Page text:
Why is it so much harder to stop doing something than it is to start doing something? Because the devil you know is always better than the devil you don’t. Don’t believe me? Consider losing that weight you’ve been trying to shed for a decade? Instead of starting a rigorous exercise regime, try passing on some of your current routines – the frappuccino at the corner café, the beer with the boys or watching the game sitting in your overstuffed lounger after the evening meal. Stopping something that is no longer useful or superseded by something more greatly desired frees up your assets. But nature does indeed abhor a vacuum. So what fills up the newly empty time slots – the spaces in our lives – can either be something comparable to what we have eliminated – more mindless task pursuit, another meeting or any variety of adminstrivia – or something of a very different nature. What is required is the purposeful transformation of this newly freed up capacity into something better and new.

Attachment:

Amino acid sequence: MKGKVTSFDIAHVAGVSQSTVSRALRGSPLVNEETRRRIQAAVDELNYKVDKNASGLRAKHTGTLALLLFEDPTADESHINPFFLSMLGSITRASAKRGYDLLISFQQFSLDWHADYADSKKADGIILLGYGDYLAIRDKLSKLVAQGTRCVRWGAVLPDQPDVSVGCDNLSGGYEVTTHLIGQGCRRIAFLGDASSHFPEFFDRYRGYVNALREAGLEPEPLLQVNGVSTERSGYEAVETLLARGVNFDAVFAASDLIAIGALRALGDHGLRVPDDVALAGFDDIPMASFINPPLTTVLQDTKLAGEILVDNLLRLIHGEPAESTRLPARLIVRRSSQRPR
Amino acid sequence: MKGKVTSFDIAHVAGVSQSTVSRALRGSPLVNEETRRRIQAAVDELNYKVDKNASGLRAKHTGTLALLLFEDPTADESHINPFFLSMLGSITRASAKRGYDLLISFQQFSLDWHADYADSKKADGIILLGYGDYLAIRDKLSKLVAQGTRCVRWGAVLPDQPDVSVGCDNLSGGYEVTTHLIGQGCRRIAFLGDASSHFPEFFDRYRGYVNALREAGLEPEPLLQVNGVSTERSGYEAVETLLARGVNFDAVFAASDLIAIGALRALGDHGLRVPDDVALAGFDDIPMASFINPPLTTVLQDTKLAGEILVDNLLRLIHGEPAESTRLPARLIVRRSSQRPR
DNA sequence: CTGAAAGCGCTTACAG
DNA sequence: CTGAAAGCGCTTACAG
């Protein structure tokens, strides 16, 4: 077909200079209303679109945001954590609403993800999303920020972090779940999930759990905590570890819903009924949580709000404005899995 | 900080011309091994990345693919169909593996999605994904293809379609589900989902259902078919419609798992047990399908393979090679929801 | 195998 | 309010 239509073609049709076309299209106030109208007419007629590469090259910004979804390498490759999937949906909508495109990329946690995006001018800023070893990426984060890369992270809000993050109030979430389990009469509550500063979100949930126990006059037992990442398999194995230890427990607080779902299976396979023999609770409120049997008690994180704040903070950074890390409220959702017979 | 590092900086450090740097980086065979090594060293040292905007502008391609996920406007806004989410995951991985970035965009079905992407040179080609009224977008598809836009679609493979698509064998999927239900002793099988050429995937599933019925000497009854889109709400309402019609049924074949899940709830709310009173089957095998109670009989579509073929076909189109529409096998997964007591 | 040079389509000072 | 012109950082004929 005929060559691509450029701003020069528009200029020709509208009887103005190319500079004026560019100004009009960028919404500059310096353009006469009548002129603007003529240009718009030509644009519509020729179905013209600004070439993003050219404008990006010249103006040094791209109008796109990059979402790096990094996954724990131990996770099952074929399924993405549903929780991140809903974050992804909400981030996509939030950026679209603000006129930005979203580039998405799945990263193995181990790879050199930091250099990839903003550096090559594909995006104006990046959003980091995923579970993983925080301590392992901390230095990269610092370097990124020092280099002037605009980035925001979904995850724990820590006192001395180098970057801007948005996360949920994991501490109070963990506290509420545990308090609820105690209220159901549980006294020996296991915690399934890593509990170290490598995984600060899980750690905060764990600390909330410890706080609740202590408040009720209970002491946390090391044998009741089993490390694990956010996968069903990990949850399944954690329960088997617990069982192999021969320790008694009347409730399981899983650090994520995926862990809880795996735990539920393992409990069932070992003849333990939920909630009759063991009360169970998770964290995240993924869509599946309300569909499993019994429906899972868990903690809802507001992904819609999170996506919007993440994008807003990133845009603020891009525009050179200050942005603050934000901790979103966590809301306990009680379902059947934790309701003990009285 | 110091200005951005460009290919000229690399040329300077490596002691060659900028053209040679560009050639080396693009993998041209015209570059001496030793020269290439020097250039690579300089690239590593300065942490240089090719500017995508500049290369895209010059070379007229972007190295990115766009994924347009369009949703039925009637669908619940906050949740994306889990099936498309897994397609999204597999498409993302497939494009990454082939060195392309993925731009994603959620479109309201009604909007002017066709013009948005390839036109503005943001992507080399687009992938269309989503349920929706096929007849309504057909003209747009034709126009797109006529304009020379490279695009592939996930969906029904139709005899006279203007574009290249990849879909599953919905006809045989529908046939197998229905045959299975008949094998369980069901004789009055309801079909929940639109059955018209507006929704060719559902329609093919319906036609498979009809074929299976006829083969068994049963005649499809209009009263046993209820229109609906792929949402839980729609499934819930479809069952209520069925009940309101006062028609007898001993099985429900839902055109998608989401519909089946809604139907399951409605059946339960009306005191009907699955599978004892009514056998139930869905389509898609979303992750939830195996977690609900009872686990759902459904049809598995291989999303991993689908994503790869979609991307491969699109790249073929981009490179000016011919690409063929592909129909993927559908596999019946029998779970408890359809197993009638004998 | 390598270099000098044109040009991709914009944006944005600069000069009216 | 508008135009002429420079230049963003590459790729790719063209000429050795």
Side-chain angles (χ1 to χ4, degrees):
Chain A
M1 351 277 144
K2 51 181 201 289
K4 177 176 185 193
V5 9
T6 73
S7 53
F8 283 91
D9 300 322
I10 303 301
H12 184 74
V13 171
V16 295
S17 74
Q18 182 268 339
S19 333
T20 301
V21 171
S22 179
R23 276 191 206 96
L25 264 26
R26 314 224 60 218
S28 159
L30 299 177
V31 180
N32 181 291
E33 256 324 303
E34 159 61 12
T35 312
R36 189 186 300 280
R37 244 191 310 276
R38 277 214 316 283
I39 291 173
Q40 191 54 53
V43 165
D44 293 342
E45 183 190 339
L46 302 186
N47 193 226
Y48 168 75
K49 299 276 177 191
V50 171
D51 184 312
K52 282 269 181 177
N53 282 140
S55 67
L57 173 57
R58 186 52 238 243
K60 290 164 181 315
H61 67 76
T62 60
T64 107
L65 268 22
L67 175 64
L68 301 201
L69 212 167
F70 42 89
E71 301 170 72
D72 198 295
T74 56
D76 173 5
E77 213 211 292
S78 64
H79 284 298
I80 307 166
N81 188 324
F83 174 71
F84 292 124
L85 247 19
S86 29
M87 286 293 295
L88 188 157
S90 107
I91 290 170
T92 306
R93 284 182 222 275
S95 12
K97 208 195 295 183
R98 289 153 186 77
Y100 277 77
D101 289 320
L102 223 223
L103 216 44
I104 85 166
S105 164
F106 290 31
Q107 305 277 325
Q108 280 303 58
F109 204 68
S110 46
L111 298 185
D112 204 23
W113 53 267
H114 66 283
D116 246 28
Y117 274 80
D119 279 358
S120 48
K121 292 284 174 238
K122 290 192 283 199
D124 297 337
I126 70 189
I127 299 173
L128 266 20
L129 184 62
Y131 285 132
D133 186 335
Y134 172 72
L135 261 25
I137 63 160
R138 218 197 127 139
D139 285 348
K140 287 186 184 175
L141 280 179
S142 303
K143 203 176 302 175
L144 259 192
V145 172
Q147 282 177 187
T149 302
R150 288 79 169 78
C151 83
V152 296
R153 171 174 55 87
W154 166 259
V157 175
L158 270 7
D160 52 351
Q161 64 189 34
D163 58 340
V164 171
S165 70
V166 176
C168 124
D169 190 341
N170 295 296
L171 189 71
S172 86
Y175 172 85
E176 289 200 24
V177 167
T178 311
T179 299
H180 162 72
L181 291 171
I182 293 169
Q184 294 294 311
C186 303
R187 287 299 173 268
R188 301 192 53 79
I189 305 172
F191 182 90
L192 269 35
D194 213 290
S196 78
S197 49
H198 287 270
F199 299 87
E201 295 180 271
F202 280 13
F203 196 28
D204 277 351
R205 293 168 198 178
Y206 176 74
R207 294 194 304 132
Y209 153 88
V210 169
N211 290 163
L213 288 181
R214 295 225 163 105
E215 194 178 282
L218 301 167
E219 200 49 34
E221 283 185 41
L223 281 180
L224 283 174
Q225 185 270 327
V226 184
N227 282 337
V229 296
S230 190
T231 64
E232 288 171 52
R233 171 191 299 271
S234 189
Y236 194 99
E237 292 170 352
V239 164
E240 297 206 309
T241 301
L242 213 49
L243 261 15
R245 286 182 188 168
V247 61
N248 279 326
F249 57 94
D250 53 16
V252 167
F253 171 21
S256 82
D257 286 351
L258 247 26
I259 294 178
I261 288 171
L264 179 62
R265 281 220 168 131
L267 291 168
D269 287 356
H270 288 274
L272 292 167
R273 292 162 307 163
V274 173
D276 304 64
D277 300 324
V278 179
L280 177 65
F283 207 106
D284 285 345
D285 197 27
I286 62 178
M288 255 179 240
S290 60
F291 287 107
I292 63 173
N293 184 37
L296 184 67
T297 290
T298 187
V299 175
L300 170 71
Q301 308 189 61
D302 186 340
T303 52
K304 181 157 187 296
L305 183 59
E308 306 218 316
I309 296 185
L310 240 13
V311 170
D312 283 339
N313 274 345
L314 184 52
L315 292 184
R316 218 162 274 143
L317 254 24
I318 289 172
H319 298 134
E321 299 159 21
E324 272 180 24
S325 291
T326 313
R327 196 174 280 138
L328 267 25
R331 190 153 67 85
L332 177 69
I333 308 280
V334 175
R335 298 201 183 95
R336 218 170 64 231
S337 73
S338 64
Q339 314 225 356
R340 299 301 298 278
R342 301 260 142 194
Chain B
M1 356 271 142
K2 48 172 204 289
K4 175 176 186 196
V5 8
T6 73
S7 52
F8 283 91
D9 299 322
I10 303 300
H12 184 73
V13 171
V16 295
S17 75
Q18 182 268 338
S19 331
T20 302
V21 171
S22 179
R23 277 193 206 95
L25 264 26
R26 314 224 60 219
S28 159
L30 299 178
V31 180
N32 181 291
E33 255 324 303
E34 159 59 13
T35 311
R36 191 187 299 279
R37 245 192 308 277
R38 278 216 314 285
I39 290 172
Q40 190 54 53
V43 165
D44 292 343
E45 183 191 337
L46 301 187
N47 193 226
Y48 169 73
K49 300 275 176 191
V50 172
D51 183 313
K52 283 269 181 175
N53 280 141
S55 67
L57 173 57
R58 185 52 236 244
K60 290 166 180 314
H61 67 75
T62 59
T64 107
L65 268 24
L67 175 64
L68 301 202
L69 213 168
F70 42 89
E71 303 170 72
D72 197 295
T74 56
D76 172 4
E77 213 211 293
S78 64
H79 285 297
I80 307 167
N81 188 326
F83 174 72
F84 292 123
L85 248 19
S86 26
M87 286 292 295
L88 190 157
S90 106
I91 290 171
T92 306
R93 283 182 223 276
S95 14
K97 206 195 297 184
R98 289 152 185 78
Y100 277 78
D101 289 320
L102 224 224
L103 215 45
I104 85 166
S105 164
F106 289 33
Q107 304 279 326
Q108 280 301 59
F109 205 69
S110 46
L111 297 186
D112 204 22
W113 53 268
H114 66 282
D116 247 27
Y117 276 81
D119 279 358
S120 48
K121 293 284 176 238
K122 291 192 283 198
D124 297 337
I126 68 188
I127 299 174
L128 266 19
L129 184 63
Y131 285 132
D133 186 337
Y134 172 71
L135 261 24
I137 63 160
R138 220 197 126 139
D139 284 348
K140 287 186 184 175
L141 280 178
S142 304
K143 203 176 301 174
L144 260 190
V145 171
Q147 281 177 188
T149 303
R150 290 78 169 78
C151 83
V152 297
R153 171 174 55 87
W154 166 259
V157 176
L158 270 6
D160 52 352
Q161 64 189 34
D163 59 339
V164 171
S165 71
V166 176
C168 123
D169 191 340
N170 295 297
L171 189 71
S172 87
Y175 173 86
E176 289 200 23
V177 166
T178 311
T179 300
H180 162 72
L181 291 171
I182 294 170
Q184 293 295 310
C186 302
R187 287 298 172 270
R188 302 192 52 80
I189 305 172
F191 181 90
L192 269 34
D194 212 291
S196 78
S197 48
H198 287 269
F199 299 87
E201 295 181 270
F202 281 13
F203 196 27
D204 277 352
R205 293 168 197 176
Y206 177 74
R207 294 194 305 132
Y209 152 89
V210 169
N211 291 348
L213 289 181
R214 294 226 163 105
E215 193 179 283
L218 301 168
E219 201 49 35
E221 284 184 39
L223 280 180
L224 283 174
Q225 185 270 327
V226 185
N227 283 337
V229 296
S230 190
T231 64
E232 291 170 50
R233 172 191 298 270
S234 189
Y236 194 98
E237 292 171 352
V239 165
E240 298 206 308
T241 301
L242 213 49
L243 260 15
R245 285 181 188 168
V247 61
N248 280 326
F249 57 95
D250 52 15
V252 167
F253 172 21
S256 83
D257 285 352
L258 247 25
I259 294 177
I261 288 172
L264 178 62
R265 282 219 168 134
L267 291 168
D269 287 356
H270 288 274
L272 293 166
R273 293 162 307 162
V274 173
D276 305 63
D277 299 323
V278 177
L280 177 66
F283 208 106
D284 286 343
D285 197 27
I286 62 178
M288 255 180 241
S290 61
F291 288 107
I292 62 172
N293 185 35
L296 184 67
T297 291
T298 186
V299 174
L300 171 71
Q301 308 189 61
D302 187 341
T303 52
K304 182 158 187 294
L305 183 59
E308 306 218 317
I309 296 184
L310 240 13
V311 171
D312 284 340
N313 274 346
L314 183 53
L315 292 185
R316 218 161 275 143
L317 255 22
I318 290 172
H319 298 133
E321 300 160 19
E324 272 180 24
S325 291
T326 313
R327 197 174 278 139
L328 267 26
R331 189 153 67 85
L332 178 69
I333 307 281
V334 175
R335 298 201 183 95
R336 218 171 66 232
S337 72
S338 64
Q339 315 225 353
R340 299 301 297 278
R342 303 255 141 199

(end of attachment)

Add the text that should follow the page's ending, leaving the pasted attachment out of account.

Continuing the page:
What if the key to innovation isn’t starting something new? What if the real secret is stopping something old? Think about your life for a moment – that novel you want to write, that company you want to start, that cottage you want to build. You are a productivity juggernaut; a focused professional who can do the jobs of three people while simultaneously keeping yourself in the running for parent of the year. So if you are so good at making things happen why can’t you get to the unimportant stuff in your life? You know, the creative expression of your most essential work. The answer is obvious. You don’t have the capacity – the time, resources or energy – to do the new things because you are busy maintaining the old ones.